Heading into the Copa America, Klinsmann has a variety of central midfield options at his disposal. Michael Bradley and Jermaine Jones remain two of the USMNT’s best players, but the duo has never truly shined when played as a pairing. Veteran Kyle Beckerman and apparent understudy Perry Kitchen headline the list of No. 6s, while Alejandro Bedoya, Graham Zusi and Darlington Nagbe can all be shuffled either centrally or out wide.

Against teams with the quality of Ecuador or tournament-opening opponent Colombia, Beckerman may be necessary as a shield in front of the backline. Despite his age and all of his attacking limitations, the Real Salt Lake midfielder is still the USMNT’s best No. 6 heading into this tournament. Beckerman’s inclusion would require either Bradley, Jones or Clint Dempsey to be benched if Klinsmann is not willing to sacrifice the team’s width. A narrow diamond remains an option, especially with Fabian Johnson penciled in at fullback.

Klinsmann won’t have his full team at his disposal in Wednesday’s match, as several defenders recover from injury. However, the match against Ecuador could be a true test of how a selected midfield unit fares against top-level opposition.


With Jozy Altidore gone, Bobby Wood is likely to lead the line in this summer’s Copa America. The opening game of camp provided a positive start, but Wood faces a true test on Wednesday night.

In Sunday’s match with Puerto Rico, Wood scored his fifth international goal. It was a calm finish for the Hamburg striker, who enters the Copa America as hot as any player on the U.S. roster.

Against Ecuador, Wood now faces a defense with the tools to stop him. Currently second in CONMEBOL qualifying, Ecuador has already earned shutouts against Argentina and Bolivia while limiting Uruguay and Venezuela to one goal apiece. Ecuador may not have the names of some of their South American counterparts, but La Tricolor has proven a menace to some of the region’s top teams throughout an impressive qualifying run.

Throughout his USMNT tenure, Wood has shown his ability to step up and score in big games. Friendly goals against Germany and the Netherlands have proven as memorable as any since the 2014 World Cup and, while Wednesday’s match is anything but a make or break, Wood will get another chance to show his ability to step up for the USMNT.


  1. Could it be that the formation on Sunday against P.R. wasn’t due to JK only having DM available, but was in fact a dry run for the tournament? Remember the World Cup, JJ played left side of the diamond. Perhaps Bradley will be moved to the right, with Beckerman the #6 and Bedoya or Pulisic in the #10 spot. Push Yedlin and FJ forward and let the midfielders cover. It may be the only way to get all of these guys on the field. Dempsey and Wood up top.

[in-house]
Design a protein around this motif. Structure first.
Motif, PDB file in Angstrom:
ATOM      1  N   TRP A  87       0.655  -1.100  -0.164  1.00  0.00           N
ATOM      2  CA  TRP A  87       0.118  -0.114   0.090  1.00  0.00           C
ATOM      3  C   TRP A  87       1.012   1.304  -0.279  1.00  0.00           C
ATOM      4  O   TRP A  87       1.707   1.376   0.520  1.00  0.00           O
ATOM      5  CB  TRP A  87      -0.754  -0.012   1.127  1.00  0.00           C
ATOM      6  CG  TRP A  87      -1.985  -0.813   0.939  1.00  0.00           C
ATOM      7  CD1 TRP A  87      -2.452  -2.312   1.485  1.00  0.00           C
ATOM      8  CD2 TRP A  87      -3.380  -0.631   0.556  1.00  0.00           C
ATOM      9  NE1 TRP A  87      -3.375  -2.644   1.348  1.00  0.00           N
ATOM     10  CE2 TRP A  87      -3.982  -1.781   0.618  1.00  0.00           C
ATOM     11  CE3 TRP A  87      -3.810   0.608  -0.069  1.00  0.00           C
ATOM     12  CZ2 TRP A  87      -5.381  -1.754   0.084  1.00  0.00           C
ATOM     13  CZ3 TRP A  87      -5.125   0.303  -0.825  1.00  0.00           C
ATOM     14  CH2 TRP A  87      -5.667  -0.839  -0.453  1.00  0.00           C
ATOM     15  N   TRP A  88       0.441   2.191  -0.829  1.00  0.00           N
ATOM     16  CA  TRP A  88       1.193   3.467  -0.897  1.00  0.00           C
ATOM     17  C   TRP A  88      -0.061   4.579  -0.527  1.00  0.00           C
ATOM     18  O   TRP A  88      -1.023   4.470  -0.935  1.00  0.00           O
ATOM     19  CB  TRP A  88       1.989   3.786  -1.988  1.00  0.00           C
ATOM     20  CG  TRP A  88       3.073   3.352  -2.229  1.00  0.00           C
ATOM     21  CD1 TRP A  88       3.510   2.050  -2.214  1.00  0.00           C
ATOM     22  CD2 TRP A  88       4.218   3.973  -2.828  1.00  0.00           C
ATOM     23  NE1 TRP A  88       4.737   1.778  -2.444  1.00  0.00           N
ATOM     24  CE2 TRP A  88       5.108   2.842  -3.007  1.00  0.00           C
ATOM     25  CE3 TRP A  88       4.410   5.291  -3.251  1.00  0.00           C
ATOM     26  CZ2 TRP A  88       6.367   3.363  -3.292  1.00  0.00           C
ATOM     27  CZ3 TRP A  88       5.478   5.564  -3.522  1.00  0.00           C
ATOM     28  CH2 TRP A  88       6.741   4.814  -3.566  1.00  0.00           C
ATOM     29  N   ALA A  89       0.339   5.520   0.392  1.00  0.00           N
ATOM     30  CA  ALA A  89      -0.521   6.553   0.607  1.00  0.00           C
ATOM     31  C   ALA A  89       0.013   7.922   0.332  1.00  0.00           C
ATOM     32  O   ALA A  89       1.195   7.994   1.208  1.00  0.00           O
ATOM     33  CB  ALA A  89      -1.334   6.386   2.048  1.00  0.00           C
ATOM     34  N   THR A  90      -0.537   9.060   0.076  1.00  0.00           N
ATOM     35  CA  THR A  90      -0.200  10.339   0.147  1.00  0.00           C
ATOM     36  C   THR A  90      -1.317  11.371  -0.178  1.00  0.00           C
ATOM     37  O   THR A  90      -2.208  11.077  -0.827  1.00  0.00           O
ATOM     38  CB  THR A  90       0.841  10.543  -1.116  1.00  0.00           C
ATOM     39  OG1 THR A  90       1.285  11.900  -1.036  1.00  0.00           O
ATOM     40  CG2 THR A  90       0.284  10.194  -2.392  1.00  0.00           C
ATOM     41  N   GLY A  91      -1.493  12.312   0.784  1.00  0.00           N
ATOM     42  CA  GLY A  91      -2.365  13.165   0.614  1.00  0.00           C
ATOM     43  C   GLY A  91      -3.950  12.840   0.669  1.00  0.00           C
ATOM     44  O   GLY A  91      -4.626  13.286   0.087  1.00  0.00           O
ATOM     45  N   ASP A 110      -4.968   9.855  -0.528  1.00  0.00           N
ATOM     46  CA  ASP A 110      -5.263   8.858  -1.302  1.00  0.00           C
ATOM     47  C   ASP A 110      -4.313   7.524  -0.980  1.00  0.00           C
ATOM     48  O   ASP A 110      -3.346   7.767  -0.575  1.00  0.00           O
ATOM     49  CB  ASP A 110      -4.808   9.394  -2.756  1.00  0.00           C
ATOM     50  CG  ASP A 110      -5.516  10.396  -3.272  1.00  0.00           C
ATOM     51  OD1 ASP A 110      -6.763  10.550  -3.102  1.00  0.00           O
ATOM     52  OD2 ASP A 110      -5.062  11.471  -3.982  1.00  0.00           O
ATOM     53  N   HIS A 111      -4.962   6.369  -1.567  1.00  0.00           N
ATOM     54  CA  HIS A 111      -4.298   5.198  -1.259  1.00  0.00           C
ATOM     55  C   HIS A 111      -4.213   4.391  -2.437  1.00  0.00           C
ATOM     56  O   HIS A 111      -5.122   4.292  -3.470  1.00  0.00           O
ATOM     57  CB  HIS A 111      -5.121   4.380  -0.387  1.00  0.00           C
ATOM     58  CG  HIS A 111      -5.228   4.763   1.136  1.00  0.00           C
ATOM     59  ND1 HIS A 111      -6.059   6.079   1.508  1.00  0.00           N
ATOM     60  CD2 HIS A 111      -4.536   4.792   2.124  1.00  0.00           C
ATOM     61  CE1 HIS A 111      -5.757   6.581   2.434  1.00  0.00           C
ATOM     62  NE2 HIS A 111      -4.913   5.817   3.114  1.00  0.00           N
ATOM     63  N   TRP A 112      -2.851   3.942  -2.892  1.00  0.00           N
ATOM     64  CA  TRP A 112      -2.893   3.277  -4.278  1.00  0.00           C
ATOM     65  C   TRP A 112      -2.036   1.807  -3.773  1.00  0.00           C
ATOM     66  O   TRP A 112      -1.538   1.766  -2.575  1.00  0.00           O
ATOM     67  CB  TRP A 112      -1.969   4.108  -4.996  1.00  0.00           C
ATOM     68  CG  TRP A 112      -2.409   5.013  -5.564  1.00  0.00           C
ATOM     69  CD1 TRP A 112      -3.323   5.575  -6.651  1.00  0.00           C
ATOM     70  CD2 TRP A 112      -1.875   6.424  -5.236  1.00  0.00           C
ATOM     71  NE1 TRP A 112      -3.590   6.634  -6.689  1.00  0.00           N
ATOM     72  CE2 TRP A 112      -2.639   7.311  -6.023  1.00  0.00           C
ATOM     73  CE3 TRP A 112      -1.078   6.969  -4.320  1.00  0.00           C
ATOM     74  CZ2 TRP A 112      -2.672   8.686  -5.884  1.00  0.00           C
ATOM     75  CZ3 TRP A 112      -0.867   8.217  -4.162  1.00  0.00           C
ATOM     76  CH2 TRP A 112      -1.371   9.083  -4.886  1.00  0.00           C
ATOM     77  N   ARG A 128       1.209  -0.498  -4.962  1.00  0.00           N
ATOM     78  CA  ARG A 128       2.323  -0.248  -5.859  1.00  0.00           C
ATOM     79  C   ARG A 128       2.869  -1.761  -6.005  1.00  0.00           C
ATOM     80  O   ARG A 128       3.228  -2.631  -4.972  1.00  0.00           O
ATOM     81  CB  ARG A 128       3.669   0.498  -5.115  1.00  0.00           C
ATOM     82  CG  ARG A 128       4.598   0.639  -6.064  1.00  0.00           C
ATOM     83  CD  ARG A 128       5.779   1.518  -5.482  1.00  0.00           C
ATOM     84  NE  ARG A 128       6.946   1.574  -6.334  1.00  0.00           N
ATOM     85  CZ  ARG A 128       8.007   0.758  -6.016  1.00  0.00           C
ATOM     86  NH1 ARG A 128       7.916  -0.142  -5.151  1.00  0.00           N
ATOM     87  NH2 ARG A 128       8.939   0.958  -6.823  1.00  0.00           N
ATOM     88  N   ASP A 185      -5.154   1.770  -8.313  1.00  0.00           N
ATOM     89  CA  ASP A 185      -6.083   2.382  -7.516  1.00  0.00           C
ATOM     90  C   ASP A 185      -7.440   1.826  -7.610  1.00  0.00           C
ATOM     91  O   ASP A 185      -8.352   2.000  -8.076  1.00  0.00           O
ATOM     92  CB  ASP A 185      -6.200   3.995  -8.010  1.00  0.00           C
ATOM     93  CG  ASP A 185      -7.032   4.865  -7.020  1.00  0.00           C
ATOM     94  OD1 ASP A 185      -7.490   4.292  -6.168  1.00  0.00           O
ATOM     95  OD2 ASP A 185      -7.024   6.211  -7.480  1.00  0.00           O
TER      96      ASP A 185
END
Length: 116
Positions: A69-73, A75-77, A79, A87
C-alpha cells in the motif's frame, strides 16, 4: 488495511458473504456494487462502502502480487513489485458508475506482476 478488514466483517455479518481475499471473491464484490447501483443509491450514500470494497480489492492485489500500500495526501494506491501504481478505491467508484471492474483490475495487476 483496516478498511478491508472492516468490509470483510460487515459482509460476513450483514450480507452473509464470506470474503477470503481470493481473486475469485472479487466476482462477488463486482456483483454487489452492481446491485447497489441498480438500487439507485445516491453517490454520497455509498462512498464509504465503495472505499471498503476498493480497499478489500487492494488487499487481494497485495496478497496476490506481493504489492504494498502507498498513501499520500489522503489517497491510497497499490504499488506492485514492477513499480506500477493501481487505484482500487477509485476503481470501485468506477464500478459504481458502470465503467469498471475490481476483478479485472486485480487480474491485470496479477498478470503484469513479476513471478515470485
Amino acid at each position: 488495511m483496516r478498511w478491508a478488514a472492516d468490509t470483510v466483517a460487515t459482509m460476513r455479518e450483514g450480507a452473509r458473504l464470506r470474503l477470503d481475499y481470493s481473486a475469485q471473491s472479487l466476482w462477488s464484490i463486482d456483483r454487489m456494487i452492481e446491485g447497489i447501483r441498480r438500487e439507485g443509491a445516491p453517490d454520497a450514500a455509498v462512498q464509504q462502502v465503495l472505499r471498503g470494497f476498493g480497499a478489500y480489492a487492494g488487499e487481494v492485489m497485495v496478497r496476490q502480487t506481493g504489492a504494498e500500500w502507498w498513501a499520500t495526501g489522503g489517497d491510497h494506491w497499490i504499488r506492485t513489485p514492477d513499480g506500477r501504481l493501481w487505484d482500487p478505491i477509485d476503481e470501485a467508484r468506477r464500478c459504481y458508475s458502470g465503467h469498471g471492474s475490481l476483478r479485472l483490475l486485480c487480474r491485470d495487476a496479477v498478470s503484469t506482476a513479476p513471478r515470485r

• Something similar to this is what was most successful for us in World Cup 2014. Since then, however, it has not worked. Teams have figured out how to beat us by attacking our flanks, which are left wide open, then crossing to the middle where our centerbacks constantly lose their marks and leave opposing players open shots. Our fullback weaknesses are a big part of that problem, so maybe an improved Yedlin and a 100% Fabian will be enough to change that. If we lose either one, then I think that system must be scrapped for a more traditional 4-4-2.

  2. I’ve never like the pairing of Jones and Bradley, mostly because neither of them are play makers and both like to shoot from distance. Jones has 58 caps to just three goals, but yet he takes as many shots as some of the forwards.

    • Stuart Holden will never be available, Hyndman and Zelalem aren’t ready, and Nagbe hasn’t yet proven himself on the international stage. Basically, that position has been a problem since Reyna retired. Likewise, except for the couple of years when DeMarcus Beasley made the successful switch, we have had a weakness at LB for at least a decade.

      • I don’t disagree, what’s been frustrating is when guys have come in that could be that play maker they’ve been either pushed to the wings or to the deep midfield role. Diskerud, Nguyen, Bedoya, Fielhaber, Kljestan, and now Nagbe.

  3. That likely throws Birnbaum into the lineup, giving the D.C. United star a chance to build on several strong appearances with the team in January and against Guatemala.

    Safe to say this is the assessment to most and a welcomed opportunity.

    A fairly straight forward concept on how players acquire experience, acclimate to the level of play and earn caps. Even if the sample size is limited Birnbaum has earned the chance it in absence of Cameron – especially since these are glorified friendlies and not World Cup qualifying.

      • …”in absence of Cameron</i" is regarding the immediate absence of Cameron however long that may be. If this injury persists through the start of the Copa Centenario or happens to resurface that statement still applies (or until he starts to make a costly error every single match he's capped).